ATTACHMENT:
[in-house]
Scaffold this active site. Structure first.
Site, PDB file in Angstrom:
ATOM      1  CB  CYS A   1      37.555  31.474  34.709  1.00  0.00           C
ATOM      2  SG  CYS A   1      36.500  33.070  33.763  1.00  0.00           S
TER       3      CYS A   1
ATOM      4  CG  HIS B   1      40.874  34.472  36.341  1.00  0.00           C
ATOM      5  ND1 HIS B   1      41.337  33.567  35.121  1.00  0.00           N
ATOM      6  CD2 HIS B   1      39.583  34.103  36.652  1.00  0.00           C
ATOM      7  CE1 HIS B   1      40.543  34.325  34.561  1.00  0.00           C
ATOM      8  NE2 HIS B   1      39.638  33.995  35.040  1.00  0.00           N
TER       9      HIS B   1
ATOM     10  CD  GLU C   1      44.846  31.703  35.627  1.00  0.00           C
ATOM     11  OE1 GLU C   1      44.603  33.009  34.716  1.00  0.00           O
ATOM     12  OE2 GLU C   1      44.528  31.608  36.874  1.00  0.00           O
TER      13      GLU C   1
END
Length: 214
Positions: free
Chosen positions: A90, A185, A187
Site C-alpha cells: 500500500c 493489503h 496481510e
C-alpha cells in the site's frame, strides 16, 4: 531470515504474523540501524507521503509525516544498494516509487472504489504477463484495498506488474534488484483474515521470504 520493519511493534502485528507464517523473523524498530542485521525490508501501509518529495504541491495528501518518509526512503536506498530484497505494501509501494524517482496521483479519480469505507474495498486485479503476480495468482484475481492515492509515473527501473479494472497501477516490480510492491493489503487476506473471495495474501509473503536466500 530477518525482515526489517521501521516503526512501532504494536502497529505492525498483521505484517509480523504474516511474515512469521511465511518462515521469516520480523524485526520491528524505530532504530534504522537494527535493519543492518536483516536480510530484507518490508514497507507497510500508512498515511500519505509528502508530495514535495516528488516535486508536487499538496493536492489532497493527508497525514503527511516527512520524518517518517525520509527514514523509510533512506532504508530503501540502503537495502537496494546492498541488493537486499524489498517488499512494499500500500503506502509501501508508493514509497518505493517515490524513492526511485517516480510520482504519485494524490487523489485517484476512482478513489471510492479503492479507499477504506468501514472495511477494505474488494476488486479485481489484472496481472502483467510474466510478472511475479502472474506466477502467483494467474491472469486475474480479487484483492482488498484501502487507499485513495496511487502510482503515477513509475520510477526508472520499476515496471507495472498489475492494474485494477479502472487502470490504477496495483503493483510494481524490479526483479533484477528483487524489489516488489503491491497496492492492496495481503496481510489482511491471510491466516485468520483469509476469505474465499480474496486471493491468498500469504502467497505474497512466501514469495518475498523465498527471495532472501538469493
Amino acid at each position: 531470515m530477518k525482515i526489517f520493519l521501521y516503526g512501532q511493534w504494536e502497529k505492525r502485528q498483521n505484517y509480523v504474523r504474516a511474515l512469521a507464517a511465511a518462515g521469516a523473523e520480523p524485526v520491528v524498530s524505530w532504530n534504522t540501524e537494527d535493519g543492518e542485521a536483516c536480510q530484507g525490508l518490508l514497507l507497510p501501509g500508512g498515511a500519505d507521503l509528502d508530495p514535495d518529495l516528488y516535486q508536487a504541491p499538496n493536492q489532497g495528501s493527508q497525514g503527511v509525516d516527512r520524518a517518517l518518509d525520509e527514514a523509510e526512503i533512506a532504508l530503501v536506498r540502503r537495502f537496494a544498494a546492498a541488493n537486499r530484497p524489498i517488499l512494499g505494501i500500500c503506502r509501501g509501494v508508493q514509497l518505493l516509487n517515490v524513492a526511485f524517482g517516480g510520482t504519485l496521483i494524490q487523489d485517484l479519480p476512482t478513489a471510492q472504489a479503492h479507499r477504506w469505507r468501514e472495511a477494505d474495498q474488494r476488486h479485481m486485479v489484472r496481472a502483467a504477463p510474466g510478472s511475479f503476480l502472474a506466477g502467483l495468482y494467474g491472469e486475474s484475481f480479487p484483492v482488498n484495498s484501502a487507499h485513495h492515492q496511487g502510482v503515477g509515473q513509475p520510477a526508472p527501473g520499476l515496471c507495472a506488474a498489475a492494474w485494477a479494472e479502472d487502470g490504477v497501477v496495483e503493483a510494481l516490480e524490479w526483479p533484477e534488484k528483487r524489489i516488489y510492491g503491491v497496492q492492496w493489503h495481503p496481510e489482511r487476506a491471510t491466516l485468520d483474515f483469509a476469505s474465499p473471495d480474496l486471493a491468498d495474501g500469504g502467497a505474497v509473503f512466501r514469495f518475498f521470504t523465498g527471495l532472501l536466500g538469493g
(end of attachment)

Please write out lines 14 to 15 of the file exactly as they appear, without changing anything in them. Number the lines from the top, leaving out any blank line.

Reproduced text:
ATOM     11  OE1 GLU C   1      44.603  33.009  34.716  1.00  0.00           O
ATOM     12  OE2 GLU C   1      44.528  31.608  36.874  1.00  0.00           O